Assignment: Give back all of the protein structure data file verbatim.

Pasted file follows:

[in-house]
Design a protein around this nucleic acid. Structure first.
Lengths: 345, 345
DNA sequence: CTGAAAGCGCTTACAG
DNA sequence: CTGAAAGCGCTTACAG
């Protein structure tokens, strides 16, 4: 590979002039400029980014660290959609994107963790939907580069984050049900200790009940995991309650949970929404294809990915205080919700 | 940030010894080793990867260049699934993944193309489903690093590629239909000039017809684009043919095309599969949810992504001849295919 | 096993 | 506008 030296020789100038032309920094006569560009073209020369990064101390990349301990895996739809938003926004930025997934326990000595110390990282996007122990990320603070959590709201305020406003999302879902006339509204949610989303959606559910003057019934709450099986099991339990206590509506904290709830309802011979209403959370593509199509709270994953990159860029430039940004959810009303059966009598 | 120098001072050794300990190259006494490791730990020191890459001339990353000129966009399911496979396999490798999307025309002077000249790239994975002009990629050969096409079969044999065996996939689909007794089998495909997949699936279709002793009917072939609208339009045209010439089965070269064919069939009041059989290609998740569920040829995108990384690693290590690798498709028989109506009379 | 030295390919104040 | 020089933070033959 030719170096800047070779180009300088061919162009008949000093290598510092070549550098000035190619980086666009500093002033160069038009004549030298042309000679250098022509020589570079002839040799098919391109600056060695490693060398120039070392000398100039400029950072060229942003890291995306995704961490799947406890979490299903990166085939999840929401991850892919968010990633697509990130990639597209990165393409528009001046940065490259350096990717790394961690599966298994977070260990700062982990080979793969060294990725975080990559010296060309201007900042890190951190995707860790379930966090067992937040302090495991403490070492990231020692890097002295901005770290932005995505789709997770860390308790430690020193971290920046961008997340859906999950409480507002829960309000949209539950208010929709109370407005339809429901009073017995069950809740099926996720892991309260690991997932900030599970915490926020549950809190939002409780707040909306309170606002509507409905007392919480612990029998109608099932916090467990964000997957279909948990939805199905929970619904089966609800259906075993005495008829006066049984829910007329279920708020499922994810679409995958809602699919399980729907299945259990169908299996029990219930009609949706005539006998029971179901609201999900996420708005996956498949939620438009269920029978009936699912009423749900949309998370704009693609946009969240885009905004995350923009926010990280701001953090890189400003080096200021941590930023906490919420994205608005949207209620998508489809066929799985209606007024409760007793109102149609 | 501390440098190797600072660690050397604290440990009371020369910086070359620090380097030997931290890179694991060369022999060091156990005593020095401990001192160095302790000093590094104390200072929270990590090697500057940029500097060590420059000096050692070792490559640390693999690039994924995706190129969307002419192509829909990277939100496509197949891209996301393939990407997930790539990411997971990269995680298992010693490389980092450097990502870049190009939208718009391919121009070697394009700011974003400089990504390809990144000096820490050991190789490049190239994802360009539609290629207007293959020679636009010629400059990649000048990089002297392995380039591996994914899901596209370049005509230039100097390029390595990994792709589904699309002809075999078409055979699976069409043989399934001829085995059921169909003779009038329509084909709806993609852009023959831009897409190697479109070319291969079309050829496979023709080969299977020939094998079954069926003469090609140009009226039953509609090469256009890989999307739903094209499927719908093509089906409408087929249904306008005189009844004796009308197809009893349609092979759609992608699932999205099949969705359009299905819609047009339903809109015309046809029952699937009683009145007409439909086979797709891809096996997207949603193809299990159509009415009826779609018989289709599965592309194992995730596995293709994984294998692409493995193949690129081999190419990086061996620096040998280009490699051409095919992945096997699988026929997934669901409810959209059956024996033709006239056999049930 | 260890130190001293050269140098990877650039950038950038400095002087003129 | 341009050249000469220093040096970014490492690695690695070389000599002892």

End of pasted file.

[in-house]
Design a protein around this nucleic acid. Structure first.
Lengths: 345, 345
DNA sequence: CTGAAAGCGCTTACAG
DNA sequence: CTGAAAGCGCTTACAG
């Protein structure tokens, strides 16, 4: 590979002039400029980014660290959609994107963790939907580069984050049900200790009940995991309650949970929404294809990915205080919700 | 940030010894080793990867260049699934993944193309489903690093590629239909000039017809684009043919095309599969949810992504001849295919 | 096993 | 506008 030296020789100038032309920094006569560009073209020369990064101390990349301990895996739809938003926004930025997934326990000595110390990282996007122990990320603070959590709201305020406003999302879902006339509204949610989303959606559910003057019934709450099986099991339990206590509506904290709830309802011979209403959370593509199509709270994953990159860029430039940004959810009303059966009598 | 120098001072050794300990190259006494490791730990020191890459001339990353000129966009399911496979396999490798999307025309002077000249790239994975002009990629050969096409079969044999065996996939689909007794089998495909997949699936279709002793009917072939609208339009045209010439089965070269064919069939009041059989290609998740569920040829995108990384690693290590690798498709028989109506009379 | 030295390919104040 | 020089933070033959 030719170096800047070779180009300088061919162009008949000093290598510092070549550098000035190619980086666009500093002033160069038009004549030298042309000679250098022509020589570079002839040799098919391109600056060695490693060398120039070392000398100039400029950072060229942003890291995306995704961490799947406890979490299903990166085939999840929401991850892919968010990633697509990130990639597209990165393409528009001046940065490259350096990717790394961690599966298994977070260990700062982990080979793969060294990725975080990559010296060309201007900042890190951190995707860790379930966090067992937040302090495991403490070492990231020692890097002295901005770290932005995505789709997770860390308790430690020193971290920046961008997340859906999950409480507002829960309000949209539950208010929709109370407005339809429901009073017995069950809740099926996720892991309260690991997932900030599970915490926020549950809190939002409780707040909306309170606002509507409905007392919480612990029998109608099932916090467990964000997957279909948990939805199905929970619904089966609800259906075993005495008829006066049984829910007329279920708020499922994810679409995958809602699919399980729907299945259990169908299996029990219930009609949706005539006998029971179901609201999900996420708005996956498949939620438009269920029978009936699912009423749900949309998370704009693609946009969240885009905004995350923009926010990280701001953090890189400003080096200021941590930023906490919420994205608005949207209620998508489809066929799985209606007024409760007793109102149609 | 501390440098190797600072660690050397604290440990009371020369910086070359620090380097030997931290890179694991060369022999060091156990005593020095401990001192160095302790000093590094104390200072929270990590090697500057940029500097060590420059000096050692070792490559640390693999690039994924995706190129969307002419192509829909990277939100496509197949891209996301393939990407997930790539990411997971990269995680298992010693490389980092450097990502870049190009939208718009391919121009070697394009700011974003400089990504390809990144000096820490050991190789490049190239994802360009539609290629207007293959020679636009010629400059990649000048990089002297392995380039591996994914899901596209370049005509230039100097390029390595990994792709589904699309002809075999078409055979699976069409043989399934001829085995059921169909003779009038329509084909709806993609852009023959831009897409190697479109070319291969079309050829496979023709080969299977020939094998079954069926003469090609140009009226039953509609090469256009890989999307739903094209499927719908093509089906409408087929249904306008005189009844004796009308197809009893349609092979759609992608699932999205099949969705359009299905819609047009339903809109015309046809029952699937009683009145007409439909086979797709891809096996997207949603193809299990159509009415009826779609018989289709599965592309194992995730596995293709994984294998692409493995193949690129081999190419990086061996620096040998280009490699051409095919992945096997699988026929997934669901409810959209059956024996033709006239056999049930 | 260890130190001293050269140098990877650039950038950038400095002087003129 | 341009050249000469220093040096970014490492690695690695070389000599002892």